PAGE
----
On behalf of Password Day (Intel’s CSR), we thought it’ll be good to talk about ways to improve WordPress password security. And why one might ask? Well, if not for protecting your site from spam, you might want to secure yourself from hackers, right?
Having WordPress password security in place is one of the overall WordPress security questions – as we stated earlier – now we want to dig deeper into it. A strong password keeps your site safe and secure, protected from the cyber crimes. If not 100%, then pretty much close. Most often, it’s the first line of defense and the weakest link in the chain.
How to improve WordPress password security?
The most common way hackers try to hijack someone’s website is through stolen passwords, which are usually to easy to steal, to begin with. As often stated on various IT & Security conferences, the human factor is the reason websites get attacked and hijacked, to begin with. That is why we’re sharing these useful tips and specific do’s and don’t-s for you to follow.
WordPress password security do’s and don’t-s
- Don’t use revealing things, like your name, birthday, song lyrics, favorite bar or restaurant and similar. Those kind of things are very easy to discover, and you’ll be an easy target.
- Do use long, strong and unique passwords that are hard to guess, not like these. It’s best to use these kinds of combinations:
- Upper and lower case letters
- Numbers and symbols
- More than eight characters
- Don’t share your password with anyone and do not write it down. Remember it and protect is the same way you protect your PIN number.
- Do change your password on a regular basis. That way you prevent any unauthorized access and improve website security.
- Don’t use the password in several places, never. That’s what makes your site very vulnerable to attacks.
- Do use two-step authentication. WordPress.org has a great step-by-step explanation on how to do it properly.
- Don’t use „Remember me“ options on your computer, limit the ways your website can be attacked.
WordPress password security tools
In cases you find handling the password is hard, you can always use plugins and tools (password managers) made especially for that. Here’s just to name few we found reliable and useful.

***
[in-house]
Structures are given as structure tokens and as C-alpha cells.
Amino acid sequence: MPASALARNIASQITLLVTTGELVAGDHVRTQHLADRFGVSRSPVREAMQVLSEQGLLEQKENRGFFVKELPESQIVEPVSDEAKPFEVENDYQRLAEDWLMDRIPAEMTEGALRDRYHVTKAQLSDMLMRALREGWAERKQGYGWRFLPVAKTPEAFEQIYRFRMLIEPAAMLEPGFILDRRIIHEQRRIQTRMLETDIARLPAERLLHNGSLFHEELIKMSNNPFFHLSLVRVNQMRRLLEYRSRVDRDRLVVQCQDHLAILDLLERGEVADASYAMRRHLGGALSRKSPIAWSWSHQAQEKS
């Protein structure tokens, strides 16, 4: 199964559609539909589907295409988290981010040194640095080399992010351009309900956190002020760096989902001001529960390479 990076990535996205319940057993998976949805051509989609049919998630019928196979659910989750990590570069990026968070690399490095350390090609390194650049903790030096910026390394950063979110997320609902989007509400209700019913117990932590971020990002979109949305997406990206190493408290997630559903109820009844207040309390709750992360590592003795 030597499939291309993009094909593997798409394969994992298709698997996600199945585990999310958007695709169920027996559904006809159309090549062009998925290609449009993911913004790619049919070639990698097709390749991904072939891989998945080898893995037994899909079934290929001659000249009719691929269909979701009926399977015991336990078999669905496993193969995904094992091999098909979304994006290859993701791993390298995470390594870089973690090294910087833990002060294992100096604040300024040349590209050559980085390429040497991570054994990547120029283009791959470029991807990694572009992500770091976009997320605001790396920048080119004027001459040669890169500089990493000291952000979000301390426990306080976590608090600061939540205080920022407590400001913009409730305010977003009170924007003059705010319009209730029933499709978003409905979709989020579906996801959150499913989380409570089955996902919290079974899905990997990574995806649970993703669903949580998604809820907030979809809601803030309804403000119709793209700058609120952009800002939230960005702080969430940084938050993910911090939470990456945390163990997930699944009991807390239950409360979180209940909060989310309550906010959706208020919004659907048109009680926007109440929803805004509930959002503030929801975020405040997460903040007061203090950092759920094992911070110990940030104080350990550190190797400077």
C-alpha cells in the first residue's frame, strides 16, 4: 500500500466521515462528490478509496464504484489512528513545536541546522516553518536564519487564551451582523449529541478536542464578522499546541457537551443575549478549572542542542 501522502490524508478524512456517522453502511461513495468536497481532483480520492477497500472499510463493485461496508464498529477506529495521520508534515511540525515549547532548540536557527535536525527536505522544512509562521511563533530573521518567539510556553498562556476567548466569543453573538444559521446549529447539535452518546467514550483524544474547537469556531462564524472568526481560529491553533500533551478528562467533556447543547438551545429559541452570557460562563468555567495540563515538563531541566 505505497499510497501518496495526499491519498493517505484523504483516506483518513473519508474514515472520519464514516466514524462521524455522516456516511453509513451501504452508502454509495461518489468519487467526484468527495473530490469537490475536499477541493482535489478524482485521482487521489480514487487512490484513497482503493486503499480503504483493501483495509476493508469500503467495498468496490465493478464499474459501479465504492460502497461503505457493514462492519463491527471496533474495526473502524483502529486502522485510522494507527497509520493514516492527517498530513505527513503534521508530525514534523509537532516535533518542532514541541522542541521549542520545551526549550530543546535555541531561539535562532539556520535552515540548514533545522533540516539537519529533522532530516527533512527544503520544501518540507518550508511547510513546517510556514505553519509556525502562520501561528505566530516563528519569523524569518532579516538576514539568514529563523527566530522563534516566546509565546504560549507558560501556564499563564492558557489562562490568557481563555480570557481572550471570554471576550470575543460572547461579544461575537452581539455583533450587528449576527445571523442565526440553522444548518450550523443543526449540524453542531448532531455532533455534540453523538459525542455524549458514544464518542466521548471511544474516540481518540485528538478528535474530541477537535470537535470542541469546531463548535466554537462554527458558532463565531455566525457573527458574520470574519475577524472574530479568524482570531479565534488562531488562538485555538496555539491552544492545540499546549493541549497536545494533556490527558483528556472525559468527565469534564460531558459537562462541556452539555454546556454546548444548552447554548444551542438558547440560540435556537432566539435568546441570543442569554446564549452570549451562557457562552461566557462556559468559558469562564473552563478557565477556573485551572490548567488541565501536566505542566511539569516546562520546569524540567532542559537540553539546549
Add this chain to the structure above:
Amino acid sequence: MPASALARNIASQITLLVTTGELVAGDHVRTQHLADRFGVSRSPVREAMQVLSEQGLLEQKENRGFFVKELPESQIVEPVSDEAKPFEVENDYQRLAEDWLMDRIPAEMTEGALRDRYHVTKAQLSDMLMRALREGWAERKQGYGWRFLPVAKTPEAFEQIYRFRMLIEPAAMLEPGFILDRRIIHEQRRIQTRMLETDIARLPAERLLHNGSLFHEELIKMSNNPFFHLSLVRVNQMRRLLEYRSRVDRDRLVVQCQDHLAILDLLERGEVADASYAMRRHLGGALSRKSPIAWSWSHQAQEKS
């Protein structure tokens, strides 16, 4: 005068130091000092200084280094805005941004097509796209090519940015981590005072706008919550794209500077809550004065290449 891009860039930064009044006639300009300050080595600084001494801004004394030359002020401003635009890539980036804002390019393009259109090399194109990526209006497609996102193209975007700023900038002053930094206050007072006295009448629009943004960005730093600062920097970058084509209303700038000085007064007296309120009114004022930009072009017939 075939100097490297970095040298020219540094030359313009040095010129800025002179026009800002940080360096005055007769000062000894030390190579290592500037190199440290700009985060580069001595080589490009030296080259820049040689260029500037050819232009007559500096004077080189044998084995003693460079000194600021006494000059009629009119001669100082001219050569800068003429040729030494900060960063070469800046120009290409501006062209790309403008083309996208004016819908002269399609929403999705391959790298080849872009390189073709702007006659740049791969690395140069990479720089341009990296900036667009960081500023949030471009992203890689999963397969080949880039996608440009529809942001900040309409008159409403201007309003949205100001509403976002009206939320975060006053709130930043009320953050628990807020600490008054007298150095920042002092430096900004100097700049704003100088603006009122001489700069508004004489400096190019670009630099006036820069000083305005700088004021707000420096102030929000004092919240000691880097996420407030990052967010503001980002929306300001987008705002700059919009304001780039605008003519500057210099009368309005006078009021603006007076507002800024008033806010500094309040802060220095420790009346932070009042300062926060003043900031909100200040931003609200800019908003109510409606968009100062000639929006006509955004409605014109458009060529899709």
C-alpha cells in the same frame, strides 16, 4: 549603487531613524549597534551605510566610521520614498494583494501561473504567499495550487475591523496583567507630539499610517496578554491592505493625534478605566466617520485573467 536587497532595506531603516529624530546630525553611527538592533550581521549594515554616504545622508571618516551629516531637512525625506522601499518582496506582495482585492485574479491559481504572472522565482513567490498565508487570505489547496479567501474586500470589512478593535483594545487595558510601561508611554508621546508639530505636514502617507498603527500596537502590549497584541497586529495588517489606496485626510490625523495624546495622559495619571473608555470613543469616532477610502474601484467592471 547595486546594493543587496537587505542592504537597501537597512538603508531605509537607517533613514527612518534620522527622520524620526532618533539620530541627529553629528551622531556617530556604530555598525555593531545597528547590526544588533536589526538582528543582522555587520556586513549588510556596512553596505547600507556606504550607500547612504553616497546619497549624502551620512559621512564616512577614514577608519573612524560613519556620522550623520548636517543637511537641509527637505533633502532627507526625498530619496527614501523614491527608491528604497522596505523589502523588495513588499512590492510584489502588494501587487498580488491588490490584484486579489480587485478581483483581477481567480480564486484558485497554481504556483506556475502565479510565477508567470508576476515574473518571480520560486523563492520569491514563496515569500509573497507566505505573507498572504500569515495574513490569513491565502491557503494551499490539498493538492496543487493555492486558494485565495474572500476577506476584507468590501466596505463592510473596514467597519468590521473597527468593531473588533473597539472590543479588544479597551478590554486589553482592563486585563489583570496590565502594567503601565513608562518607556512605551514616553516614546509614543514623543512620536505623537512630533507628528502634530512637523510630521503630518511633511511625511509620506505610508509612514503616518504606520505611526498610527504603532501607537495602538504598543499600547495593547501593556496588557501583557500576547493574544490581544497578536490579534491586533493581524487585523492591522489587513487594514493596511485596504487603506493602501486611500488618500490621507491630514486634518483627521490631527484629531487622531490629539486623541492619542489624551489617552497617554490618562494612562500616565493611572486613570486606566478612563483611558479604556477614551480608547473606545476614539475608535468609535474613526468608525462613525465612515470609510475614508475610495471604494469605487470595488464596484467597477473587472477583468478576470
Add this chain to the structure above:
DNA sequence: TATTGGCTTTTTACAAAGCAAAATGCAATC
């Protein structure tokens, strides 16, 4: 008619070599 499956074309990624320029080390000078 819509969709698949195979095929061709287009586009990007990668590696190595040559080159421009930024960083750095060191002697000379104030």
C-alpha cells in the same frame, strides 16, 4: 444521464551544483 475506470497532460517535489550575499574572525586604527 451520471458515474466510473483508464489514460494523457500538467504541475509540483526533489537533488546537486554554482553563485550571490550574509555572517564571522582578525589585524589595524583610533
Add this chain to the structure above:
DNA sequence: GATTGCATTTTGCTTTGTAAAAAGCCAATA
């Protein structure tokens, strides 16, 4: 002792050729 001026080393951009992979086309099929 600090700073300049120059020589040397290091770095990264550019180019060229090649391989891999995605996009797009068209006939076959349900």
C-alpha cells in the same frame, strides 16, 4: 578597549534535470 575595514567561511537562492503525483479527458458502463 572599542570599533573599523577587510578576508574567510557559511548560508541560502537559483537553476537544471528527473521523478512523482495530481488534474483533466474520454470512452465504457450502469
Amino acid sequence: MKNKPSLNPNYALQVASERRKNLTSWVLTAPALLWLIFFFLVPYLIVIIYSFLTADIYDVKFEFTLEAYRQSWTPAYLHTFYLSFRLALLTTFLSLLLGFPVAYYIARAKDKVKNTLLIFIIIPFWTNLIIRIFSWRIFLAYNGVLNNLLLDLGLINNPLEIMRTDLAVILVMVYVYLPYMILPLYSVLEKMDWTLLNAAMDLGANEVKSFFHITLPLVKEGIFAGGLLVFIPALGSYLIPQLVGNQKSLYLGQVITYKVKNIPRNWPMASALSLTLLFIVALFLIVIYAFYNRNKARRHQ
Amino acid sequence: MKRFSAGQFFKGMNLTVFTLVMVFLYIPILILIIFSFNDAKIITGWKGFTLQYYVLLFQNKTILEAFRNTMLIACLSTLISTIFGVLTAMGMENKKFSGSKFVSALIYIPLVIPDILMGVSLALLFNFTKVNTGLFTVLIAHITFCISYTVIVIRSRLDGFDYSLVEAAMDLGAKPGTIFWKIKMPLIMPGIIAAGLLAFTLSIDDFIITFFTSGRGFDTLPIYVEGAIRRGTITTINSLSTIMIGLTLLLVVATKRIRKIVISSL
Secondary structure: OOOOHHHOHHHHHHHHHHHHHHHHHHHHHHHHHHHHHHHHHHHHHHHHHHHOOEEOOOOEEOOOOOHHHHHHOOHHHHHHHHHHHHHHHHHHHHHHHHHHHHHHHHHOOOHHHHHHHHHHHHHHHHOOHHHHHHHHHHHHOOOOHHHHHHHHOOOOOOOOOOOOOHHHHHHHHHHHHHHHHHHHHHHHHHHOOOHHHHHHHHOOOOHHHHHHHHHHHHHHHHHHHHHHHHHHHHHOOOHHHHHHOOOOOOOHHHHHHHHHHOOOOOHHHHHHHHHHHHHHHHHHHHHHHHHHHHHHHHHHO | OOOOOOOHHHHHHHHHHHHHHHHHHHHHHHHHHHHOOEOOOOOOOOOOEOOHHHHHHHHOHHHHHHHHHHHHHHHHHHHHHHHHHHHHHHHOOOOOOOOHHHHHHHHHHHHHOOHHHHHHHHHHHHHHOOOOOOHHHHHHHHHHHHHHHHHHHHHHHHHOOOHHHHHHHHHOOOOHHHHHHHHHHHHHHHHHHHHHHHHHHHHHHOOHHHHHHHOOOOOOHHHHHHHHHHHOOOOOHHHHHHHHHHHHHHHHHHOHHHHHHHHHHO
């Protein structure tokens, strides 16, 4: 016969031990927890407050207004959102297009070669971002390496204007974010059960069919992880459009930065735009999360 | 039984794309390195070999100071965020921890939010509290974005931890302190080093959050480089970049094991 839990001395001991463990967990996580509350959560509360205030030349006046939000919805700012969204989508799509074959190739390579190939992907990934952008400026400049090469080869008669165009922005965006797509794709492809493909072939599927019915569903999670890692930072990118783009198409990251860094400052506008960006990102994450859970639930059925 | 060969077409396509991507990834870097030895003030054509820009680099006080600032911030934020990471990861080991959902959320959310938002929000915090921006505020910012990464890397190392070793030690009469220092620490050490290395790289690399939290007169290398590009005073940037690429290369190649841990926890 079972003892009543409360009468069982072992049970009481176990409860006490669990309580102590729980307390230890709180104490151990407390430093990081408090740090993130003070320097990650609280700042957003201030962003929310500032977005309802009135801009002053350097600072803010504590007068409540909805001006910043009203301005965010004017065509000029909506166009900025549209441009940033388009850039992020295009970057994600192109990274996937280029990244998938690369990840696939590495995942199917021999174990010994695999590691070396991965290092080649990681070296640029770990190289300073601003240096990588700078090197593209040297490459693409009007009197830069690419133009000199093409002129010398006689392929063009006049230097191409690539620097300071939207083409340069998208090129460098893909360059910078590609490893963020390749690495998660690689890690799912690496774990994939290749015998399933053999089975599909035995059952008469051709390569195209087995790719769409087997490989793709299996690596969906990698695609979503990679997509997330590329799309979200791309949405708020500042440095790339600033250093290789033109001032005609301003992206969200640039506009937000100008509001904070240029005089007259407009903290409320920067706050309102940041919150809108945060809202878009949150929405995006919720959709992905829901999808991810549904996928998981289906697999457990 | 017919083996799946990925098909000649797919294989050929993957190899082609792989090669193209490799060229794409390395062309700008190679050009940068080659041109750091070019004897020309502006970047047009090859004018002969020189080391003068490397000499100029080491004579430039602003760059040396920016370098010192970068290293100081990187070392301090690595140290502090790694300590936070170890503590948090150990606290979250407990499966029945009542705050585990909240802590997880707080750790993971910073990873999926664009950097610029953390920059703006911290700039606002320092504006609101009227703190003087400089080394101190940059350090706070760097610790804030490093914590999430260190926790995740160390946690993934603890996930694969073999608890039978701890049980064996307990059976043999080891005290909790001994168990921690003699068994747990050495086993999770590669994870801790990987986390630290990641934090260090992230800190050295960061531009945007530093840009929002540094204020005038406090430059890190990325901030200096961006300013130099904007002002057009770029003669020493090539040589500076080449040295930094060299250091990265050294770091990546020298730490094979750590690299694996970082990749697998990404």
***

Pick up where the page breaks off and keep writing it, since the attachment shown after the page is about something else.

Password managers keep your password safely stored in one place. With them, there’s no need to remember all of them and you manage all your passwords using only one – the master password.
Password manager that is fully encrypted. It remembers all your passwords and helps you login to sites with a single click. 1Password comes with five price options, for single, family and business use and you can try it free for 30 days. It is cross-platform as well as available for mobile devices, too.
Another password manager tool that remembers all the passwords for you. You can use it as a browser extension or as an app. Starts as a free feature, with various premium prices, too. Apart from all other features, LastPass has two-factor authentication, to further secure your site from attacks.
A free WordPress plugin that ensures you use strong passwords. Once it’s activated, it prevents the users of the website to change password into something that’s not strong enough. Cool little plugin that you should have, especially if you have a team of people on your site.
Now you know what’s needed to be done to secure your site from attacks. But… To have a secure WordPress password isn’t the only thing you should take care of. You should also take care of admin usernames, make them unique and different. Don’t just leave them as admin, which is usually the case, change them into something custom. Furthermore, you should change the Login URL and limit Login attempts. That way, you are preventing brute force attacks and keeping your site more secure. Also, make sure to always update WordPress, Themes, and Plugins and keep regular backups, just in case.
Might seems a lot, but you really want to ensure your site isn’t compromised in any way. Hopefully, we reminded you to do a checkup of your site, and maybe you learned something new. Either way, do share this article if you find it useful and let us know of any more ways to improve WordPress password security.